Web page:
1. How do you see yourself as a catalyst for change?
Creating more opportunities for meaningful conversations about sex is one of my primary motivations for doing the work that I do. We’re all familiar with this paradox: sex is on every billboard while at the same time most people don’t have their basic sex ed needs met. I want to hear more discussion about pleasure and communication. I keep this intention in mind when I teach workshops, write articles, and when I facilitate Sex Geekdom events.
2. Who or what was a catalyst for you?
I have been fortunate in having several generous mentors in this field. My first mentor, sex educator Ivy Chen, was the one who showed me I could make a living in this field. She’s been a tremendous inspiration to me. Last year, I wrote a piece about her for National Mentorship Month.
3. What do you feel are some of the biggest challenges or concerns facing us in the field of sexuality right now?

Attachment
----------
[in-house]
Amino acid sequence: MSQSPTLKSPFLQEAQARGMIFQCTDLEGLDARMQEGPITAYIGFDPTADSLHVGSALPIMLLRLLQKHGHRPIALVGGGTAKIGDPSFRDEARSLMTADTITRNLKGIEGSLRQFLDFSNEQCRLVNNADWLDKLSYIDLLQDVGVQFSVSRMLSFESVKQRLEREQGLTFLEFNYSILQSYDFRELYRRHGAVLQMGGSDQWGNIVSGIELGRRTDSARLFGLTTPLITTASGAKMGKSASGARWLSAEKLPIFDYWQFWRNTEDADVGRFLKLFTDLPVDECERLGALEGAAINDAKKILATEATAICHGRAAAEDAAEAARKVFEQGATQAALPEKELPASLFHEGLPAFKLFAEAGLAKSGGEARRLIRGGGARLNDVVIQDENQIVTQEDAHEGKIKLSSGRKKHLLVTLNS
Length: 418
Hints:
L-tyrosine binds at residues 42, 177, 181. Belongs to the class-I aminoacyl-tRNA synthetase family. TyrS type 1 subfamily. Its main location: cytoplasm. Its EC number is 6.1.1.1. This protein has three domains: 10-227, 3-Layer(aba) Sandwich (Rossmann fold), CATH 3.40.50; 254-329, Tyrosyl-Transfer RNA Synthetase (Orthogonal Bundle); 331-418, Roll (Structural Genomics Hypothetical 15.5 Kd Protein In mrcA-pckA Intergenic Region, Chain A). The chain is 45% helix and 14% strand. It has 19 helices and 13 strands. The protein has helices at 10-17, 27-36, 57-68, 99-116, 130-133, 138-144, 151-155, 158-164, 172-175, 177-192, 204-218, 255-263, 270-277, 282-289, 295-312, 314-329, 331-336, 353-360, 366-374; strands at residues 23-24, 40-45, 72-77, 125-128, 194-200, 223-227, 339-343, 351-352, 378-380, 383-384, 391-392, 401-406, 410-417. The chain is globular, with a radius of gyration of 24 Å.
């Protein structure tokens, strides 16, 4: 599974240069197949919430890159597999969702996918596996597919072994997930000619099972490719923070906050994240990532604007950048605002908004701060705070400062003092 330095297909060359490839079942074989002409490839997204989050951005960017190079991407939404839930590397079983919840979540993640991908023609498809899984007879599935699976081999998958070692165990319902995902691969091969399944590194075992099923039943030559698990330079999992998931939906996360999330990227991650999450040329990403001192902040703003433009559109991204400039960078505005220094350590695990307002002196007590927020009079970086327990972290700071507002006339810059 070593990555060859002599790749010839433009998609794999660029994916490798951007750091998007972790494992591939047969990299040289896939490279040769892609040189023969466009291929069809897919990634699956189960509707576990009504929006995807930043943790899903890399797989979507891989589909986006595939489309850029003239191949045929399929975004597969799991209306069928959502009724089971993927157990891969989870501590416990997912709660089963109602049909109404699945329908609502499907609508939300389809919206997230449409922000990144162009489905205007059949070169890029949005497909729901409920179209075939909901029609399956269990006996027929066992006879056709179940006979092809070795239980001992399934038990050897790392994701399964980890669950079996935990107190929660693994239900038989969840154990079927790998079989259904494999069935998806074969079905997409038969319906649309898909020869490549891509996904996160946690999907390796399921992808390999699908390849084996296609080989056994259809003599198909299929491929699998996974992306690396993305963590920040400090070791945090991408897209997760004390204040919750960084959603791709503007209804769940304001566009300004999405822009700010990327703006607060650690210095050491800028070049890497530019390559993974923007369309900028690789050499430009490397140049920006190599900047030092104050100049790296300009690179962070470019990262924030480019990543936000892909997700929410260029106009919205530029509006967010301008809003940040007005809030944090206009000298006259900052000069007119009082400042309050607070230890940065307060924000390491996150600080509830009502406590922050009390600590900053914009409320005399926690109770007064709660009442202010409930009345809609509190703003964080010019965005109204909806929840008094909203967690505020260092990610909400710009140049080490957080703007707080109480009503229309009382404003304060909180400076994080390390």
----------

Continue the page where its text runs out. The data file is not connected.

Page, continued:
I know that many people in our field struggle with getting paid for their work. When you’re working independently, it can be difficult to balance accessibility to your teaching while also making a living wage. I’m heartened to see that there are more sex ed entrepreneurs (like Francisco Ramirez) sharing their business savvy with the larger community.
4. What do you feel are some of the most important/valuable positive changes that have been made in the world of sexuality in the past year?
In the last year, I’ve noticed more meaningful and helpful discussions about consent cropping up. I’ve been reading an increasing number of examples of what “yes means yes” looks like and what actions we as a community can take to support consent culture.
5. Why do you feel it is important to bring this topic Living With A STI to CatalystCon East?
With one in three people acquiring an STI in their lifetime, the fact that there is so much stigma surrounding such diagnoses is shockingly out of step with reality. While there are many inspiring public health campaigns working to overcome stigma, there are still health promotion messages that use shame as the tool to spread awareness. We can do better.
6. Share one unknown (or little known) fact about yourself